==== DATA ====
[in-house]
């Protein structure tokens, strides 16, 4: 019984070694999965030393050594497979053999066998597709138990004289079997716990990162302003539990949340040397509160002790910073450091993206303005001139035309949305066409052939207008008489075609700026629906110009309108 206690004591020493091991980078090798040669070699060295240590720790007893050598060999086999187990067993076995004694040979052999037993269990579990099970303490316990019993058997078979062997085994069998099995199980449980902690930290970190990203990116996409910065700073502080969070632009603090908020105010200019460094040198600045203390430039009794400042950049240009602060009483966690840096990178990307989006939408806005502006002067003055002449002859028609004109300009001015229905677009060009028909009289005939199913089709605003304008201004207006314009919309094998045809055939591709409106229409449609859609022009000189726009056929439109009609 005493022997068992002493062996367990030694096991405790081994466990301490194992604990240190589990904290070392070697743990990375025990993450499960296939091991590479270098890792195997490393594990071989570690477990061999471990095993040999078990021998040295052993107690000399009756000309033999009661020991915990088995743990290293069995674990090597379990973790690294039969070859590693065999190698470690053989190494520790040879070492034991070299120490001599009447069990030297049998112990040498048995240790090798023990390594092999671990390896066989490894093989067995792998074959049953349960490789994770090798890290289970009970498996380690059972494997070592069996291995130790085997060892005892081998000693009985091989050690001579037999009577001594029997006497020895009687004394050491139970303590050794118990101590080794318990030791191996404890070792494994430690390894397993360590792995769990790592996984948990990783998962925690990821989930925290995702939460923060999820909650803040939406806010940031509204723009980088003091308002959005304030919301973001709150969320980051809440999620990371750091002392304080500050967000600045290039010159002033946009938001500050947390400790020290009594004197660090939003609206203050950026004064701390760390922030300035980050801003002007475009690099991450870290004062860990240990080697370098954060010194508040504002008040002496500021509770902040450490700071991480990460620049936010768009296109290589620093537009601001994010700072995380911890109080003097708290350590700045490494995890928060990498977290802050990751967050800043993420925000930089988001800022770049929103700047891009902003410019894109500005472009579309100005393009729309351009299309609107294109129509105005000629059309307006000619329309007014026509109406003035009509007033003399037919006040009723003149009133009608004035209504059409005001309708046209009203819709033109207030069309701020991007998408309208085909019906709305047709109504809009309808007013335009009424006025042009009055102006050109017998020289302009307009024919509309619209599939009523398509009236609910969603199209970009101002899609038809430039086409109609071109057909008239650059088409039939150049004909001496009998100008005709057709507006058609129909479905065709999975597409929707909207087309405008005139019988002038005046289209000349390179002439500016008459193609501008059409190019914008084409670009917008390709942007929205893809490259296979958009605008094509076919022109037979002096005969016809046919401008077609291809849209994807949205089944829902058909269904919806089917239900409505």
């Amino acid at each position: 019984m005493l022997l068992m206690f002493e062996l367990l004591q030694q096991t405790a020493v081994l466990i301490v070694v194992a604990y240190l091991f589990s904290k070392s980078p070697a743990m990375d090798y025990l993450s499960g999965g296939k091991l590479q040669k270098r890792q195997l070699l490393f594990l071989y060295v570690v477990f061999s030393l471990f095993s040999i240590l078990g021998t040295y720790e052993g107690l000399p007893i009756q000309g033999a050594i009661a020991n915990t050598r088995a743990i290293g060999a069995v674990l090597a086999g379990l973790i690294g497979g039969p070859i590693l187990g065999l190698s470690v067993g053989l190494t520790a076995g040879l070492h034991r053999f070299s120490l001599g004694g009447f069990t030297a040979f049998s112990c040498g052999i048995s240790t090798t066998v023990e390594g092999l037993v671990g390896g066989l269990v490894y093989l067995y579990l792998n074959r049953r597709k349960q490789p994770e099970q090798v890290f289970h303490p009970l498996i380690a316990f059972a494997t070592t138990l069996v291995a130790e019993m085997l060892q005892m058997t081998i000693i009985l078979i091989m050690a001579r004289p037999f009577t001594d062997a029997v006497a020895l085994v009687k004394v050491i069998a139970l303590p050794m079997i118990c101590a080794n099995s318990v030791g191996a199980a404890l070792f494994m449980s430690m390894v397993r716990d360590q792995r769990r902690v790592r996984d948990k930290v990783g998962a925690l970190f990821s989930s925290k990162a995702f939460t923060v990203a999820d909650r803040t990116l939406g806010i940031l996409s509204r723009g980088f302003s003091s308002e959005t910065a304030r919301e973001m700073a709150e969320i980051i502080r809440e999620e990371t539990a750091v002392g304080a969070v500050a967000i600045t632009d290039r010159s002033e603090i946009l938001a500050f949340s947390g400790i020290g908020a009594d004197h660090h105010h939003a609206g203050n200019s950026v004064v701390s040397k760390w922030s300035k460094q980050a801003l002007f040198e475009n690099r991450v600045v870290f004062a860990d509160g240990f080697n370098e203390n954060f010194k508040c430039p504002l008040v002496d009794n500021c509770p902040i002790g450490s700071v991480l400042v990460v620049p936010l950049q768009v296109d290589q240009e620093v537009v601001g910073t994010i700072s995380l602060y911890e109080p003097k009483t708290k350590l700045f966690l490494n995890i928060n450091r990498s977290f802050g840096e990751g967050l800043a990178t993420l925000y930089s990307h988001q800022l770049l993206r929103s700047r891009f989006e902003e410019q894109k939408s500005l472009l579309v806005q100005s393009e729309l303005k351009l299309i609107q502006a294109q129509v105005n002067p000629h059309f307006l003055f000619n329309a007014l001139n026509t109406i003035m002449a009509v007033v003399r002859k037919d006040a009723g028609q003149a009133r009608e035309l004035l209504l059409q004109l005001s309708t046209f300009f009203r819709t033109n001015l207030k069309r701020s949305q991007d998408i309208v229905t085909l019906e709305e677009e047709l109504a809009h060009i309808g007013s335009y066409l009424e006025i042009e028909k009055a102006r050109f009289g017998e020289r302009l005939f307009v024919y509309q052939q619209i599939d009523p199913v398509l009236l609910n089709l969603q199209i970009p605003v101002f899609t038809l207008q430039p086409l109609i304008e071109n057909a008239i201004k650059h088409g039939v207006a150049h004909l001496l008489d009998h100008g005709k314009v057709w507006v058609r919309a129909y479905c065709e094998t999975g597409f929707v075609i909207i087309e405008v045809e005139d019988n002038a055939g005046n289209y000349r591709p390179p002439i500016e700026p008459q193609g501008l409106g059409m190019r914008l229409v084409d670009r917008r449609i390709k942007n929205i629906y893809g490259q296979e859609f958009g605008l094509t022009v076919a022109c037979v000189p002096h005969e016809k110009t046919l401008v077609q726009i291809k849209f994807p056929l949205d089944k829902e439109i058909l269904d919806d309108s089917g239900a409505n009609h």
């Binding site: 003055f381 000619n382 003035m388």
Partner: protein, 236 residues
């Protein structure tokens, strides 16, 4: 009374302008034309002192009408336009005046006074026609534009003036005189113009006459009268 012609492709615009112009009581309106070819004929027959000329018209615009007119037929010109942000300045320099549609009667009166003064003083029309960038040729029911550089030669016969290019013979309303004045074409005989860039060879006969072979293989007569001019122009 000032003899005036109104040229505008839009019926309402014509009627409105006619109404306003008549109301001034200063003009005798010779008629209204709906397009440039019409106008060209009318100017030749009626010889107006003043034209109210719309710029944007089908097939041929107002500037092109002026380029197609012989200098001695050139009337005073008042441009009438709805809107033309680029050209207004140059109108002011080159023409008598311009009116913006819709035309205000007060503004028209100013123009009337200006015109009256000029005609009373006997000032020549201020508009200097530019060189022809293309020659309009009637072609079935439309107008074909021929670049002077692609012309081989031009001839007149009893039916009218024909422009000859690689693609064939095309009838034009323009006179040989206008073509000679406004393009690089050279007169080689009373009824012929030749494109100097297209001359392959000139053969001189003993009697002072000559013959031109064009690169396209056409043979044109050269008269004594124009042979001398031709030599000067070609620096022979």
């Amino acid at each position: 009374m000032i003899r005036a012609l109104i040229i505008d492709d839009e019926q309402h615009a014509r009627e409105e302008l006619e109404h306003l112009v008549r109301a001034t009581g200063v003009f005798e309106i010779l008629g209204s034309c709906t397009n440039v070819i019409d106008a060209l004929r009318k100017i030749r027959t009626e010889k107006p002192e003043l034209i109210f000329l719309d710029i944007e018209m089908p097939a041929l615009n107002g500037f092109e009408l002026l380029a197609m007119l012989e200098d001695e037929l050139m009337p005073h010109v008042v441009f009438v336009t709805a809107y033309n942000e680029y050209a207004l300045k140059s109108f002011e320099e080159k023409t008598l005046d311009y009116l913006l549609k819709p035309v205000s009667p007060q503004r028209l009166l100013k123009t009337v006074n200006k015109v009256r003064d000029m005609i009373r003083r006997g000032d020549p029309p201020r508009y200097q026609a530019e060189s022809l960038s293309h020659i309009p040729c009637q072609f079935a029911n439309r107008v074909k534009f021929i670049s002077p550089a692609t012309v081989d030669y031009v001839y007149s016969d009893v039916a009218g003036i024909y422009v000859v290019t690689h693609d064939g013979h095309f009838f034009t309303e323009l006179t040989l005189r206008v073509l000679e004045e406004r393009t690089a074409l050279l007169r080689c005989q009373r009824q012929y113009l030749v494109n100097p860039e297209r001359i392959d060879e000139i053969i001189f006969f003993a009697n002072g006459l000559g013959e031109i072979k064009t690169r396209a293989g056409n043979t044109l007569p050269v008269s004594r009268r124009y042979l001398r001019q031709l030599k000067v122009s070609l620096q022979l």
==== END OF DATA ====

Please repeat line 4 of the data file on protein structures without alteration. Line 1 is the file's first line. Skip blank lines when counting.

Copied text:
């Binding site: 003055f381 000619n382 003035m388």